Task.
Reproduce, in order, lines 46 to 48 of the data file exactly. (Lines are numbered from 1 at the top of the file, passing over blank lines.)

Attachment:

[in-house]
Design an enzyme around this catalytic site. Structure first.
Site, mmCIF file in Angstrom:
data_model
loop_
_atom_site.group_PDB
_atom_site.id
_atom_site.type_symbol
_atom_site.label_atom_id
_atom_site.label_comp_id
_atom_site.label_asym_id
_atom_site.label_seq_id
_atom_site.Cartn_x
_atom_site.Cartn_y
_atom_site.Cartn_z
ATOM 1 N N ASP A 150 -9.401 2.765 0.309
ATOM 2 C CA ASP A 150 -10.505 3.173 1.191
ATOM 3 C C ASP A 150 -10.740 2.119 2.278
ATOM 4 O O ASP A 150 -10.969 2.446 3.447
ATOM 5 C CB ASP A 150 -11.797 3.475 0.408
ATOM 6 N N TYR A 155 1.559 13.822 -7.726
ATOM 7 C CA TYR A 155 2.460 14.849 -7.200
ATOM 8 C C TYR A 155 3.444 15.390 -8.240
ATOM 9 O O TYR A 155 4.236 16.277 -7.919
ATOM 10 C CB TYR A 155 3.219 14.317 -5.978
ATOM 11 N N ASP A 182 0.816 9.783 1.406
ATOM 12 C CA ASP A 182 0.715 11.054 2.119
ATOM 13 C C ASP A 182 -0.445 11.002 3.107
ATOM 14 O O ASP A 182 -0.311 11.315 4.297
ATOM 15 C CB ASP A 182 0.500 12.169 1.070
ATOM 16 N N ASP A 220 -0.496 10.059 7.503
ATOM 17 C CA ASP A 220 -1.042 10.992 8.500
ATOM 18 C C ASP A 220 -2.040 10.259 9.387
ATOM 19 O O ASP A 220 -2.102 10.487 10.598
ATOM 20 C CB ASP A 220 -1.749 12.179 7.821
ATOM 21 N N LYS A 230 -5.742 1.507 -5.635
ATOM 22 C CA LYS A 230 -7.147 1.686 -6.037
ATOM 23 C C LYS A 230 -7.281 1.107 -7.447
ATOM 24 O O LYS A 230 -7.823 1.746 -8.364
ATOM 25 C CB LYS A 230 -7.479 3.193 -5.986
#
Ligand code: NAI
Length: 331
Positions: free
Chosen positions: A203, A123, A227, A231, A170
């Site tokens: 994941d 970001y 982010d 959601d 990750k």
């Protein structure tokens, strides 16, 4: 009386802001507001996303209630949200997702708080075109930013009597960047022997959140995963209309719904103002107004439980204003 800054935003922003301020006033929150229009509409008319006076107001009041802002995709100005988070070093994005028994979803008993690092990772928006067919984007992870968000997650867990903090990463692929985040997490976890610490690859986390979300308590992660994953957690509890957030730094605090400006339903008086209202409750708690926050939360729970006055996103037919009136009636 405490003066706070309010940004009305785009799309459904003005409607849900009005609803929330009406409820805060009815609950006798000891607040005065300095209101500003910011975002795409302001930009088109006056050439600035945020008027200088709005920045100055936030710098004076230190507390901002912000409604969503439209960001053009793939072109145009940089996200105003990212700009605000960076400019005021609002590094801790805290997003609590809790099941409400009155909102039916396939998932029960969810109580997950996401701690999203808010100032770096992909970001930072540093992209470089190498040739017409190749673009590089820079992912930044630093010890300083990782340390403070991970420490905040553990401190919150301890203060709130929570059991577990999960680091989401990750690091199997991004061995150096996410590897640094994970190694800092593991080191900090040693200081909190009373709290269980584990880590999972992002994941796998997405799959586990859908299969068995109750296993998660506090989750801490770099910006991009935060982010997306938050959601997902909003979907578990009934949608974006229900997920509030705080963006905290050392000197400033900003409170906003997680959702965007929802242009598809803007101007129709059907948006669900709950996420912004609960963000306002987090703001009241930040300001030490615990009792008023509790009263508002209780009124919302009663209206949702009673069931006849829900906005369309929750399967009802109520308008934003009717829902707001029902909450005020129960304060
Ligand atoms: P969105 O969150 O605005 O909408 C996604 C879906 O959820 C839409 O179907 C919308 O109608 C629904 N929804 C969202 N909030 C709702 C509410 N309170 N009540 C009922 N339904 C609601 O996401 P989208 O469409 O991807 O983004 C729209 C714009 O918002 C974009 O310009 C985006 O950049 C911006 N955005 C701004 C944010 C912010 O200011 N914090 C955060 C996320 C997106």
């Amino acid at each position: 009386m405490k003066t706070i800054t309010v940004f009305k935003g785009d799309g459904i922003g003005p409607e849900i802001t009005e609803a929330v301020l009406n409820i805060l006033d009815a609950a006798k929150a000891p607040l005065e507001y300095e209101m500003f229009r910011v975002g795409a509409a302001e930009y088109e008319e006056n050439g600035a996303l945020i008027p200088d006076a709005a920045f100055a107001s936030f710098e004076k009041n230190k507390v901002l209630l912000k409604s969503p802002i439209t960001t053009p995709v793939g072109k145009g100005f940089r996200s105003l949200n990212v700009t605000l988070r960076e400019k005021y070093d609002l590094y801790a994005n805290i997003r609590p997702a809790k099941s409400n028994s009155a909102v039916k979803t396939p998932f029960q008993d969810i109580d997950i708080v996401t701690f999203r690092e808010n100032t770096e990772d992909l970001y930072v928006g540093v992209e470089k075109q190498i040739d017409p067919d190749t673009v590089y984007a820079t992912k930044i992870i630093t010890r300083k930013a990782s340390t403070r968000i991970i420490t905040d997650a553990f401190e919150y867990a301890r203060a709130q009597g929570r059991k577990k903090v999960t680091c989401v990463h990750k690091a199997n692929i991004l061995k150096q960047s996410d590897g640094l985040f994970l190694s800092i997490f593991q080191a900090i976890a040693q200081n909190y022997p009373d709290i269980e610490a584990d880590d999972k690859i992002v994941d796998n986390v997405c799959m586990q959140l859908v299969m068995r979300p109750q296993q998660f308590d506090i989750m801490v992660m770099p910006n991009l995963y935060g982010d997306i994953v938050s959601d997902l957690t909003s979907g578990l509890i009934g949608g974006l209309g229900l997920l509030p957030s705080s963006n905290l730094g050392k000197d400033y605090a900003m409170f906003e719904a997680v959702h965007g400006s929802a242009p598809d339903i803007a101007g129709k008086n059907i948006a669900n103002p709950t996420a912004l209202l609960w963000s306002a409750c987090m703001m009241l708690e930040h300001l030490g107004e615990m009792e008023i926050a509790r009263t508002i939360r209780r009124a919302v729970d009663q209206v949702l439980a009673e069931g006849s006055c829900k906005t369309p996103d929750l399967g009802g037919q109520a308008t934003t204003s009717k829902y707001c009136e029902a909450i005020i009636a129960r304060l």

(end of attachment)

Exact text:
């Site tokens: 994941d 970001y 982010d 959601d 990750k």
């Protein structure tokens, strides 16, 4: 009386802001507001996303209630949200997702708080075109930013009597960047022997959140995963209309719904103002107004439980204003 800054935003922003301020006033929150229009509409008319006076107001009041802002995709100005988070070093994005028994979803008993690092990772928006067919984007992870968000997650867990903090990463692929985040997490976890610490690859986390979300308590992660994953957690509890957030730094605090400006339903008086209202409750708690926050939360729970006055996103037919009136009636 405490003066706070309010940004009305785009799309459904003005409607849900009005609803929330009406409820805060009815609950006798000891607040005065300095209101500003910011975002795409302001930009088109006056050439600035945020008027200088709005920045100055936030710098004076230190507390901002912000409604969503439209960001053009793939072109145009940089996200105003990212700009605000960076400019005021609002590094801790805290997003609590809790099941409400009155909102039916396939998932029960969810109580997950996401701690999203808010100032770096992909970001930072540093992209470089190498040739017409190749673009590089820079992912930044630093010890300083990782340390403070991970420490905040553990401190919150301890203060709130929570059991577990999960680091989401990750690091199997991004061995150096996410590897640094994970190694800092593991080191900090040693200081909190009373709290269980584990880590999972992002994941796998997405799959586990859908299969068995109750296993998660506090989750801490770099910006991009935060982010997306938050959601997902909003979907578990009934949608974006229900997920509030705080963006905290050392000197400033900003409170906003997680959702965007929802242009598809803007101007129709059907948006669900709950996420912004609960963000306002987090703001009241930040300001030490615990009792008023509790009263508002209780009124919302009663209206949702009673069931006849829900906005369309929750399967009802109520308008934003009717829902707001029902909450005020129960304060
Ligand atoms: P969105 O969150 O605005 O909408 C996604 C879906 O959820 C839409 O179907 C919308 O109608 C629904 N929804 C969202 N909030 C709702 C509410 N309170 N009540 C009922 N339904 C609601 O996401 P989208 O469409 O991807 O983004 C729209 C714009 O918002 C974009 O310009 C985006 O950049 C911006 N955005 C701004 C944010 C912010 O200011 N914090 C955060 C996320 C997106």